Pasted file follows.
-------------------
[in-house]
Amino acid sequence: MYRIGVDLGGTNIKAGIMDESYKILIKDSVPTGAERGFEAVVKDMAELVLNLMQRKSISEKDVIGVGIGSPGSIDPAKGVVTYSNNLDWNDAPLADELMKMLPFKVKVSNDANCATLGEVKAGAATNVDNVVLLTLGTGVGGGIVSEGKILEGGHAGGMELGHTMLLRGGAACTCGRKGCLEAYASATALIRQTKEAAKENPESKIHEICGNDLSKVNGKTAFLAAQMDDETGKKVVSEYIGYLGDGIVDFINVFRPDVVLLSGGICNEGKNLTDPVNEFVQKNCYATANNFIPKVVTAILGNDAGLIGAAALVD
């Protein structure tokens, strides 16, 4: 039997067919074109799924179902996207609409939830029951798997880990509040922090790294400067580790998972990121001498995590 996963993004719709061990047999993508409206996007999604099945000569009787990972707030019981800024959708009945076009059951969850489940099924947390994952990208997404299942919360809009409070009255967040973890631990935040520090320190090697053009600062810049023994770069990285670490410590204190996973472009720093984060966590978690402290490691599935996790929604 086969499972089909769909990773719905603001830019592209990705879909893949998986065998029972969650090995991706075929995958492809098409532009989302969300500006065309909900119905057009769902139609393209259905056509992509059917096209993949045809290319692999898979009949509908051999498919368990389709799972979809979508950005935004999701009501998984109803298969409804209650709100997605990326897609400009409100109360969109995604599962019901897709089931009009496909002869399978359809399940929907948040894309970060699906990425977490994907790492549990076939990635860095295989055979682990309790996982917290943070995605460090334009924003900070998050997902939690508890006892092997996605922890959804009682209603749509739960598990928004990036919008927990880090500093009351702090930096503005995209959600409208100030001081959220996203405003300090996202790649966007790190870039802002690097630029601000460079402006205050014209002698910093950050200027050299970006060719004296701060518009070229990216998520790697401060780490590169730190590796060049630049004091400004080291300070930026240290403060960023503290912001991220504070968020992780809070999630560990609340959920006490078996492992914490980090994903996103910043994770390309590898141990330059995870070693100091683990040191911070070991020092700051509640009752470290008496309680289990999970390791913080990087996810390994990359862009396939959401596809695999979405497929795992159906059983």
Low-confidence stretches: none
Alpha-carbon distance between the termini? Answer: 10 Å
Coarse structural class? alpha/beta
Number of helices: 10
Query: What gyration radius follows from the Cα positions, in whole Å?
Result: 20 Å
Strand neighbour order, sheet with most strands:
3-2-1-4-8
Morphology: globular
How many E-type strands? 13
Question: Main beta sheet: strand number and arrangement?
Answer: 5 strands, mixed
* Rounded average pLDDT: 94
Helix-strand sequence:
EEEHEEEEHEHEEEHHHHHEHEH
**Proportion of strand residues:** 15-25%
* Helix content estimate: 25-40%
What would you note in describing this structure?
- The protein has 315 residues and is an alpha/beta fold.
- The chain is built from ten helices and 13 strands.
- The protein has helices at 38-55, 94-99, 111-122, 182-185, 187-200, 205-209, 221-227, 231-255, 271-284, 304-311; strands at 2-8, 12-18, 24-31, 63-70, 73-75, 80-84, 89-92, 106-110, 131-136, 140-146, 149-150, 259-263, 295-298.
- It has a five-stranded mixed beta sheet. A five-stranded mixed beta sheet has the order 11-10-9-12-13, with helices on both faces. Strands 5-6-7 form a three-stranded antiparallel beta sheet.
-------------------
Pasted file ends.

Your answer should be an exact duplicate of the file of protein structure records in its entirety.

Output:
[in-house]
Amino acid sequence: MYRIGVDLGGTNIKAGIMDESYKILIKDSVPTGAERGFEAVVKDMAELVLNLMQRKSISEKDVIGVGIGSPGSIDPAKGVVTYSNNLDWNDAPLADELMKMLPFKVKVSNDANCATLGEVKAGAATNVDNVVLLTLGTGVGGGIVSEGKILEGGHAGGMELGHTMLLRGGAACTCGRKGCLEAYASATALIRQTKEAAKENPESKIHEICGNDLSKVNGKTAFLAAQMDDETGKKVVSEYIGYLGDGIVDFINVFRPDVVLLSGGICNEGKNLTDPVNEFVQKNCYATANNFIPKVVTAILGNDAGLIGAAALVD
């Protein structure tokens, strides 16, 4: 039997067919074109799924179902996207609409939830029951798997880990509040922090790294400067580790998972990121001498995590 996963993004719709061990047999993508409206996007999604099945000569009787990972707030019981800024959708009945076009059951969850489940099924947390994952990208997404299942919360809009409070009255967040973890631990935040520090320190090697053009600062810049023994770069990285670490410590204190996973472009720093984060966590978690402290490691599935996790929604 086969499972089909769909990773719905603001830019592209990705879909893949998986065998029972969650090995991706075929995958492809098409532009989302969300500006065309909900119905057009769902139609393209259905056509992509059917096209993949045809290319692999898979009949509908051999498919368990389709799972979809979508950005935004999701009501998984109803298969409804209650709100997605990326897609400009409100109360969109995604599962019901897709089931009009496909002869399978359809399940929907948040894309970060699906990425977490994907790492549990076939990635860095295989055979682990309790996982917290943070995605460090334009924003900070998050997902939690508890006892092997996605922890959804009682209603749509739960598990928004990036919008927990880090500093009351702090930096503005995209959600409208100030001081959220996203405003300090996202790649966007790190870039802002690097630029601000460079402006205050014209002698910093950050200027050299970006060719004296701060518009070229990216998520790697401060780490590169730190590796060049630049004091400004080291300070930026240290403060960023503290912001991220504070968020992780809070999630560990609340959920006490078996492992914490980090994903996103910043994770390309590898141990330059995870070693100091683990040191911070070991020092700051509640009752470290008496309680289990999970390791913080990087996810390994990359862009396939959401596809695999979405497929795992159906059983």
Low-confidence stretches: none
Alpha-carbon distance between the termini? Answer: 10 Å
Coarse structural class? alpha/beta
Number of helices: 10
Query: What gyration radius follows from the Cα positions, in whole Å?
Result: 20 Å
Strand neighbour order, sheet with most strands:
3-2-1-4-8
Morphology: globular
How many E-type strands? 13
Question: Main beta sheet: strand number and arrangement?
Answer: 5 strands, mixed
* Rounded average pLDDT: 94
Helix-strand sequence:
EEEHEEEEHEHEEEHHHHHEHEH
**Proportion of strand residues:** 15-25%
* Helix content estimate: 25-40%
What would you note in describing this structure?
- The protein has 315 residues and is an alpha/beta fold.
- The chain is built from ten helices and 13 strands.
- The protein has helices at 38-55, 94-99, 111-122, 182-185, 187-200, 205-209, 221-227, 231-255, 271-284, 304-311; strands at 2-8, 12-18, 24-31, 63-70, 73-75, 80-84, 89-92, 106-110, 131-136, 140-146, 149-150, 259-263, 295-298.
- It has a five-stranded mixed beta sheet. A five-stranded mixed beta sheet has the order 11-10-9-12-13, with helices on both faces. Strands 5-6-7 form a three-stranded antiparallel beta sheet.